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The Kellogg Brothers John Harvey Kellogg And Will Keith Kellogg, Both Of Whom Together, Independently And Contentiously Revolutionized The World's Breakfast Habits - One For The Money, The Other For Health - Presented In The Highest DVD Quality MPG Video Format Of 9.1 MBPS As An MP4 Video Download Or Archival Quality All Regions Format DVD! (Color, 1996, 49 Minutes.)
Kellogg's Corn Flakes has been a fixture on breakfast tables for generations. Do you remember their old slogan, "The Best To You Each Morning"? As great as they may been for you and your family, they proved to be a major source of trouble for the Kellogg family. Creating flakes and other health food concotions at their sanitarium in Battle Creek, Michigan, the Kellogg brothers were out to change the American diet - not at first, at least, to enrich the family coffers. The older brother, John Harvey Kellogg, was a physician and a wacky crusader; the younger brother, Will Keith Kellogg, had a flair for business, and helped John manage the sanitarium. It sounds simple - but it didn't take long for this alliance to explode in a "snap, crackle and pop" of furious rivalry, litigation and dietary passion. Of course, no one could forsee all this when Doctor John first burst on the scene as a whirling guru of good health!
John Harvey Kellogg (February 26, 1852 - December 14, 1943) was an American businessman, inventor, and physician who was an advocate of theological modernism and the Progressive Movement. He was the director of the Battle Creek Sanitarium in Battle Creek, Michigan, founded by members of the Seventh-day Adventist Church. It combined aspects of a European spa, a hydrotherapy institution, a hospital and high-class hotel. Kellogg treated the rich and famous, as well as the poor who could not afford other hospitals. According to Encyclopaedia Britannica, his "development of dry breakfast cereals was largely responsible for the creation of the flaked-cereal industry." Popular misconceptions falsely attribute various cultural practices, inventions, and historical events to Kellogg. Kellogg was an advocate of theological modernism and held beliefs different from that of traditional Nicene Christianity. He rejected original sin, inherent human depravity, and held non-Christocentric views, viewing Jesus' atonement as "his exemplary life" on Earth rather than on the Cross. Becoming a Seventh-day Adventist as their beliefs shifted towards Trinitarianism during the 1890s, Adventists were "unable to accommodate the essentially liberal understanding of Christianity" exhibited by Kellogg, viewing his theology as pantheistic and unorthodox. Disagreements with other members of the SDA led to a major schism within the SDA : he was disfellowshipped in 1907, but continued to follow many of their beliefs and directed the sanitarium until his death. Kellogg helped to establish the American Medical Missionary College in 1895. The college operated independently until 1910, when it merged with Illinois State University. As an early proponent of the germ theory of disease, Kellogg was well ahead of his time in relating intestinal flora and the presence of bacteria in the intestines to health and disease. The sanitarium approached treatment in a holistic manner, actively promoting vegetarianism, nutrition, the use of enemas to clear "intestinal flora", exercise, sun-bathing, and hydrotherapy, as well as the abstention from smoking tobacco, drinking alcoholic beverages, and sexual activity. Kellogg dedicated the last 30 years of his life to promoting eugenics. He co-founded the Race Betterment Foundation, co-organized several National Conferences on Race Betterment and attempted to create a 'eugenics registry'. Alongside discouraging 'racial mixing', Kellogg was in favor of sterilizing 'mentally defective persons', promoting a eugenics agenda while working on the Michigan Board of Health and helping to enact authorization to sterilize those deemed 'mentally defective' into state laws during his tenure. Kellogg was a major leader in progressive health reform, particularly in the second phase of the clean living movement. He wrote extensively on science and health. His approach to "biologic living" combined scientific knowledge with Adventist beliefs, promoting health reform, and temperance. Many of the vegetarian foods that Kellogg developed and offered his patients were publicly marketed: Kellogg's brother, Will Keith Kellogg, is best known today for the invention of the breakfast cereal corn flakes. This creation of the modern breakfast cereal changed "the American breakfast landscape forever."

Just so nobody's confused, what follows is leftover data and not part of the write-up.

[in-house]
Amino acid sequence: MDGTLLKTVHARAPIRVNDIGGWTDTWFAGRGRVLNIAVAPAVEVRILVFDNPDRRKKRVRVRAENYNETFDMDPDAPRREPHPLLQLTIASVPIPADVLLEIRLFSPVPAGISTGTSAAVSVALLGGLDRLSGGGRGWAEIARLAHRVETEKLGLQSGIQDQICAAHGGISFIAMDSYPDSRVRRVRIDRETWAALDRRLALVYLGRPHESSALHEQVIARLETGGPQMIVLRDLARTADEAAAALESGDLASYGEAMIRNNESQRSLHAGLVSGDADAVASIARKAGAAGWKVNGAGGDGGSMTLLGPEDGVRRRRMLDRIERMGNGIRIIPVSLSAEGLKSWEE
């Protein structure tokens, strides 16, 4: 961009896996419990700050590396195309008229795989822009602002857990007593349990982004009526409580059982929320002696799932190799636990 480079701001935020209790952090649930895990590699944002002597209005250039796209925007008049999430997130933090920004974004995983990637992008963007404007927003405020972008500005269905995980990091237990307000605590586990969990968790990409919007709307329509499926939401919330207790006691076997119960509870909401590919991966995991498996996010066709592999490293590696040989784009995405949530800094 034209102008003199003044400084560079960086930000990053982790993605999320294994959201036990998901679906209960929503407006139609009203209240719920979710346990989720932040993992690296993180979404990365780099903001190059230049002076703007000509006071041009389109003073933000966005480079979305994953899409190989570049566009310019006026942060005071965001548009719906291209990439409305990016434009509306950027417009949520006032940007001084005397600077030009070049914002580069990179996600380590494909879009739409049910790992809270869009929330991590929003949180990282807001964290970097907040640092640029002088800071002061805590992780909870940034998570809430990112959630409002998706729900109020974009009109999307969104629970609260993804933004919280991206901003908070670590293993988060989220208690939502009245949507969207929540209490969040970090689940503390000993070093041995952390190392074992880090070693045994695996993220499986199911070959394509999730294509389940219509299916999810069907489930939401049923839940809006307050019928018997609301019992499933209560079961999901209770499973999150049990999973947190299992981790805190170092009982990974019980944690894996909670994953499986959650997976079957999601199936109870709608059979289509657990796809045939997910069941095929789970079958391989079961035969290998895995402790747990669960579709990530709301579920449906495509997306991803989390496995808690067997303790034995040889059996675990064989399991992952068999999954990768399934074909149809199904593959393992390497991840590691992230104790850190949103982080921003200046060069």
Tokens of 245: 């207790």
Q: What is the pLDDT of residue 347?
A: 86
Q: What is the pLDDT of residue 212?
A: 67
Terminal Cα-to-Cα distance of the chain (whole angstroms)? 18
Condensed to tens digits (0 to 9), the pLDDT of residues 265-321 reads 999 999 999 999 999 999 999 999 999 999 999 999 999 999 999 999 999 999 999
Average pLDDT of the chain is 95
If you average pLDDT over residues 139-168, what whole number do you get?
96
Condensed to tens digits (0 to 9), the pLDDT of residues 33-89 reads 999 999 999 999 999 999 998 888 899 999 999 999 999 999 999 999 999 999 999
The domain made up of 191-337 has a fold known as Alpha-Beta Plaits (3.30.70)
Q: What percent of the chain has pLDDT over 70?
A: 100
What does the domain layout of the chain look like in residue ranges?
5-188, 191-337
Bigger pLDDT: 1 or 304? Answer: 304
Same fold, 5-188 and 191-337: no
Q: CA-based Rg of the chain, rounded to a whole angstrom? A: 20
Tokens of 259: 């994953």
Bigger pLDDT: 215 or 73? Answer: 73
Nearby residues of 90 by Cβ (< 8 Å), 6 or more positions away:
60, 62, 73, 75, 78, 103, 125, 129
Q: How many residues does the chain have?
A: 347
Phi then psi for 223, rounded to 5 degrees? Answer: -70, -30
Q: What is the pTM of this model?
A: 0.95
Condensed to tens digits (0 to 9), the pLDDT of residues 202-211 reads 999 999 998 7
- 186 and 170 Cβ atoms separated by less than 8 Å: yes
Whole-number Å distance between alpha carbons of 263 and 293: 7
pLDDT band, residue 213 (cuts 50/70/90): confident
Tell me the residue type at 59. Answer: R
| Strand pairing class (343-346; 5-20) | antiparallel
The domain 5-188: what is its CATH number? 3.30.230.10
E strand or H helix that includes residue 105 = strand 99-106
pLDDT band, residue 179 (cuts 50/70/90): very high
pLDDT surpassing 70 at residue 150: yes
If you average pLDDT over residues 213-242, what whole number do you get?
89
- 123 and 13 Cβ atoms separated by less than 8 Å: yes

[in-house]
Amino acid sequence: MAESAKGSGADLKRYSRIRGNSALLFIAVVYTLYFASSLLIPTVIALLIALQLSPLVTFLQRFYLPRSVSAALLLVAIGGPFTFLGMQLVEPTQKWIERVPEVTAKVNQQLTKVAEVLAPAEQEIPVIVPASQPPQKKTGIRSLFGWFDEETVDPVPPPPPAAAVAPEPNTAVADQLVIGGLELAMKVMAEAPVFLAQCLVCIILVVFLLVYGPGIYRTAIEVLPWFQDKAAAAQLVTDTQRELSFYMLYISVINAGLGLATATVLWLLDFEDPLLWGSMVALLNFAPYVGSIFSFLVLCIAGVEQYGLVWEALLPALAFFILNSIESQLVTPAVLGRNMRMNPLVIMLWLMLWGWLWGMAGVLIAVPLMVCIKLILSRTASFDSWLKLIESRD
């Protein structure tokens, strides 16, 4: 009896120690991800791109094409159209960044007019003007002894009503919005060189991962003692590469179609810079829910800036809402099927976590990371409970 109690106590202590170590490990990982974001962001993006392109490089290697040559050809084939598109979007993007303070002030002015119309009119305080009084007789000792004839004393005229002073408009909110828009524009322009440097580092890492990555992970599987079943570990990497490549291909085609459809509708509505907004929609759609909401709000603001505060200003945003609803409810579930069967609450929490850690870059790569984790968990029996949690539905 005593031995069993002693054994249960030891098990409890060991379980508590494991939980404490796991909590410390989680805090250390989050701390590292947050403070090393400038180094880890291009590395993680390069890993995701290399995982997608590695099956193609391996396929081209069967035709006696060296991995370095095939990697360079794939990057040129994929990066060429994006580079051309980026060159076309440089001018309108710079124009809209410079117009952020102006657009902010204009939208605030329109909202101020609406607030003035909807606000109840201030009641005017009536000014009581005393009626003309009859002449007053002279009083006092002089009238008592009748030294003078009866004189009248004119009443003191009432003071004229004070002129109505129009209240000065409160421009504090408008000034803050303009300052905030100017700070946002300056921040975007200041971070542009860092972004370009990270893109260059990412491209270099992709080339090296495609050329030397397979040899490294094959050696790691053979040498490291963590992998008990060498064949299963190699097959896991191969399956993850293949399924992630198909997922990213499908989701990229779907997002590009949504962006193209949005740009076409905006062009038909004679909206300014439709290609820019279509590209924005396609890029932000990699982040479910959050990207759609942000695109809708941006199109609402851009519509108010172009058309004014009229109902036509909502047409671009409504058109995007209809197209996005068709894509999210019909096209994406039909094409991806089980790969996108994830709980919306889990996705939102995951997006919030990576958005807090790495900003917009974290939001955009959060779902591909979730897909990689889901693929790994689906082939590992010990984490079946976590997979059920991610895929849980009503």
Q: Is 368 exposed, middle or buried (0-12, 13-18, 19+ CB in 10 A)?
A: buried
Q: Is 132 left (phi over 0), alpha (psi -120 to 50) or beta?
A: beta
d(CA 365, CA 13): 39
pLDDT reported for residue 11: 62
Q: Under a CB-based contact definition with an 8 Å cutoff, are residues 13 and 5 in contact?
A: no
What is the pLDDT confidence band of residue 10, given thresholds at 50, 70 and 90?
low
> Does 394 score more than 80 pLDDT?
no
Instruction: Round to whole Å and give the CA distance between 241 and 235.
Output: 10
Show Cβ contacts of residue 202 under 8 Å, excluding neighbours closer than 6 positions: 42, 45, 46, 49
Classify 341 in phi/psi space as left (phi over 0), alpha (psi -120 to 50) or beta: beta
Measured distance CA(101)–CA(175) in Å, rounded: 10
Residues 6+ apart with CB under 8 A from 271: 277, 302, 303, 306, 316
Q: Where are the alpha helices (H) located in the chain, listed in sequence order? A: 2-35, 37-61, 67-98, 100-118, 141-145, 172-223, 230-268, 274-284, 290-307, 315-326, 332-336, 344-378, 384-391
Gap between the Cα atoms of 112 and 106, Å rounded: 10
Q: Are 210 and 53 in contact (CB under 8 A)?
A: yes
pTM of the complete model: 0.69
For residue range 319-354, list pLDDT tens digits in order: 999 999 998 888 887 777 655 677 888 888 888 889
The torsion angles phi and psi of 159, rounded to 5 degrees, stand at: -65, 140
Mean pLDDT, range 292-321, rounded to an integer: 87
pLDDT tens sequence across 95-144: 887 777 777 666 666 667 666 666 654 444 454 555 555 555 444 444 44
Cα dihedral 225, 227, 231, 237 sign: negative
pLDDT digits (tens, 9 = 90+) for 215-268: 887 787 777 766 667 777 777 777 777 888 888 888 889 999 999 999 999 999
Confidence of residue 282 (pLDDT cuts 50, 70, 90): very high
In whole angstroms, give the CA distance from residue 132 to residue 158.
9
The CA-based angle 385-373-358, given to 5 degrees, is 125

William Keith Kellogg (April 7, 1860 - October 6, 1951) was an American industrialist in food manufacturing, who founded the Kellogg Company, which produces a wide variety of popular breakfast cereals. He was a member of the Seventh-day Adventist Church and practiced vegetarianism as a dietary principle taught by his church. He also founded the Kellogg Arabian Ranch, which breeds Arabian horses. Kellogg was a philanthropist and started the Kellogg Foundation in 1934 with a $66-million donation.
The Kellogg Company, doing business as Kellogg's, is an American multinational food manufacturing company headquartered in Battle Creek, Michigan, United States. Kellogg's produces cereal and convenience foods, including crackers and toaster pastries, and markets their products by several well-known brands including Corn Flakes, Rice Krispies, Frosted Flakes, Pringles, Eggo, and Cheez-It. Kellogg's mission statement is "Nourishing families so they can flourish and thrive." Kellogg's products are manufactured and marketed in over 180 countries. Kellogg's largest factory is at Trafford Park in Trafford, Greater Manchester, United Kingdom, which is also the location of its UK headquarters. Other corporate office locations outside of Battle Creek include Chicago, Dublin (European Headquarters), Shanghai, and Queretaro City. Kellogg's held a Royal Warrant from Queen Elizabeth II until her death in 2022.